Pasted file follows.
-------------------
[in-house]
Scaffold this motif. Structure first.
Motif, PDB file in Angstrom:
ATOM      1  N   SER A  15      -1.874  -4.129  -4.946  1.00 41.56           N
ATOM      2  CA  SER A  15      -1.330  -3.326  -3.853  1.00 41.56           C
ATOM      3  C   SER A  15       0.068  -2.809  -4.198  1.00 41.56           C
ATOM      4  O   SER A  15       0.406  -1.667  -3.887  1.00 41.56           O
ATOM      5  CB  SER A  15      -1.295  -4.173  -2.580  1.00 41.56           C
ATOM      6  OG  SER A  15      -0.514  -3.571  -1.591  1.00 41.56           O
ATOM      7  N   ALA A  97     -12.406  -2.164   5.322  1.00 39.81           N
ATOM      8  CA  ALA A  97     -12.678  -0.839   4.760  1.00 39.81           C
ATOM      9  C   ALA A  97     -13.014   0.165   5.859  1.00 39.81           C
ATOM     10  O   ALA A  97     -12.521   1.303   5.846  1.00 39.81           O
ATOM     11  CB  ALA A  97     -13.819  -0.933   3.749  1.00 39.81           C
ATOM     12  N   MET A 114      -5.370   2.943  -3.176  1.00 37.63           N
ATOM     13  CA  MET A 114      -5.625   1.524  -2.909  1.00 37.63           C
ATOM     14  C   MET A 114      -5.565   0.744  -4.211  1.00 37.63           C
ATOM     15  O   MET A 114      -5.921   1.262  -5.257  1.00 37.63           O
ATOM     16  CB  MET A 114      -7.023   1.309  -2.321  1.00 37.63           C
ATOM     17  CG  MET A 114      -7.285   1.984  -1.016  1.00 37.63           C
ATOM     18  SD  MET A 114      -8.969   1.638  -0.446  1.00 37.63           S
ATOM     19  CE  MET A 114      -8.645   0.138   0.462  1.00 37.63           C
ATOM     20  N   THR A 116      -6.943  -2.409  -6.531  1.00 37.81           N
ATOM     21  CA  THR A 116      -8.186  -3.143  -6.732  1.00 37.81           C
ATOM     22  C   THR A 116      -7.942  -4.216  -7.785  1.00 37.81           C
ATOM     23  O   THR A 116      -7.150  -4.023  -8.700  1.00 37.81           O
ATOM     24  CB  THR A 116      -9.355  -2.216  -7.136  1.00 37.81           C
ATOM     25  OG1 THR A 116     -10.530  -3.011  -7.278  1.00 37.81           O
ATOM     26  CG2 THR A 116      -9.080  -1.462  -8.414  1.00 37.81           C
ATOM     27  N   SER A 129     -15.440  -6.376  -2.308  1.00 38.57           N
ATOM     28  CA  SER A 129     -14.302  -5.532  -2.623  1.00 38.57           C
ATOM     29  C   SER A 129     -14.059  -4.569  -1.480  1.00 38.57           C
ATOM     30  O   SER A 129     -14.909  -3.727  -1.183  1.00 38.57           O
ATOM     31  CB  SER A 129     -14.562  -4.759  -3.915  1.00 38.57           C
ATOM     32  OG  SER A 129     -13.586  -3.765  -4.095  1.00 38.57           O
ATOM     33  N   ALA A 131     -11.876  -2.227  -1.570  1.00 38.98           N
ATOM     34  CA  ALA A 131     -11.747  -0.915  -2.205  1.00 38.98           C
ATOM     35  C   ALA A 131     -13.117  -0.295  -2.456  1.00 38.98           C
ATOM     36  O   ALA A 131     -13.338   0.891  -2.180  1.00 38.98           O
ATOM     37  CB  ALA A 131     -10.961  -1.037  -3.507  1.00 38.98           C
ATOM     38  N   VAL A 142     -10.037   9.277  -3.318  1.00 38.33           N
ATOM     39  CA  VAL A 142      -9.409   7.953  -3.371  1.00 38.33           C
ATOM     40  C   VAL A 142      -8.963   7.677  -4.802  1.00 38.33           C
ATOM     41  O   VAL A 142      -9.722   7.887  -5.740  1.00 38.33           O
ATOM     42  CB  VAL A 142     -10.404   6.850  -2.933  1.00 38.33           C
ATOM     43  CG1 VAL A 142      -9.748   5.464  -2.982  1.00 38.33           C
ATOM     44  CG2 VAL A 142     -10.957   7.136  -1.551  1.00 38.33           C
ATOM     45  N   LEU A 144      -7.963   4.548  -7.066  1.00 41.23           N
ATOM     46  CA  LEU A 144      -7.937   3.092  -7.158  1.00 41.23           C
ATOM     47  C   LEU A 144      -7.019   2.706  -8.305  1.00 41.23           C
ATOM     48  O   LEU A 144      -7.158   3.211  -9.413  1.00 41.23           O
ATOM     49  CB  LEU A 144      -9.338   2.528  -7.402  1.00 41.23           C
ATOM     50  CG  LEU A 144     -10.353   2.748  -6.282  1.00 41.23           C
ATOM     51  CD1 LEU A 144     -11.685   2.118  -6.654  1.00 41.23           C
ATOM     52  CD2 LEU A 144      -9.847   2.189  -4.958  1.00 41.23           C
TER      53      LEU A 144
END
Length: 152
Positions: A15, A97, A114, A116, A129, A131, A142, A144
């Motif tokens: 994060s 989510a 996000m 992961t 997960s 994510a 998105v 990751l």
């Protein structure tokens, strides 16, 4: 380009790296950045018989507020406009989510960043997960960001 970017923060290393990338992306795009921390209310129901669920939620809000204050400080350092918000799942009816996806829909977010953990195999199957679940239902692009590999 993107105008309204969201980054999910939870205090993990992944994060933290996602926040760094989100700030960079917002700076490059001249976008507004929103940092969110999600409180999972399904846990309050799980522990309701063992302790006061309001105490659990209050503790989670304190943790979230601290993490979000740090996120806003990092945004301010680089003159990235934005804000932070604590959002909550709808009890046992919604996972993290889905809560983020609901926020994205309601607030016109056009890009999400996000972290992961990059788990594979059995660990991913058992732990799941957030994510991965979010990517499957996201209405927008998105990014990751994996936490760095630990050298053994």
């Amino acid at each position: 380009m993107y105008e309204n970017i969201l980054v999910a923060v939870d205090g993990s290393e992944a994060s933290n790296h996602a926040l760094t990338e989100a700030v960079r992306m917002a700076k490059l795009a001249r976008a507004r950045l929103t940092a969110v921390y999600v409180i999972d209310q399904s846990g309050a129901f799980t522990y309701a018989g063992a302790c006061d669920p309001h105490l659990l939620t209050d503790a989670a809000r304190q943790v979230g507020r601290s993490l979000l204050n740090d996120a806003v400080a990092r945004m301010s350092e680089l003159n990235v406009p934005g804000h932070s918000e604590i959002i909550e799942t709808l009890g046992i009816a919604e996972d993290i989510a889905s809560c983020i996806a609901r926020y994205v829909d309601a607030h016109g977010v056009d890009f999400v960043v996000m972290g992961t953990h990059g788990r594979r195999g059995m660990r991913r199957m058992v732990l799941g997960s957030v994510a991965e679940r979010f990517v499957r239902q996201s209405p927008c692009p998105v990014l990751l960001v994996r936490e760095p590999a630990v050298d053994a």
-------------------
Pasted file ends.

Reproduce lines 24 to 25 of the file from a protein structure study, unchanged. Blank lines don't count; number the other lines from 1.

ATOM     21  CA  THR A 116      -8.186  -3.143  -6.732  1.00 37.81           C
ATOM     22  C   THR A 116      -7.942  -4.216  -7.785  1.00 37.81           C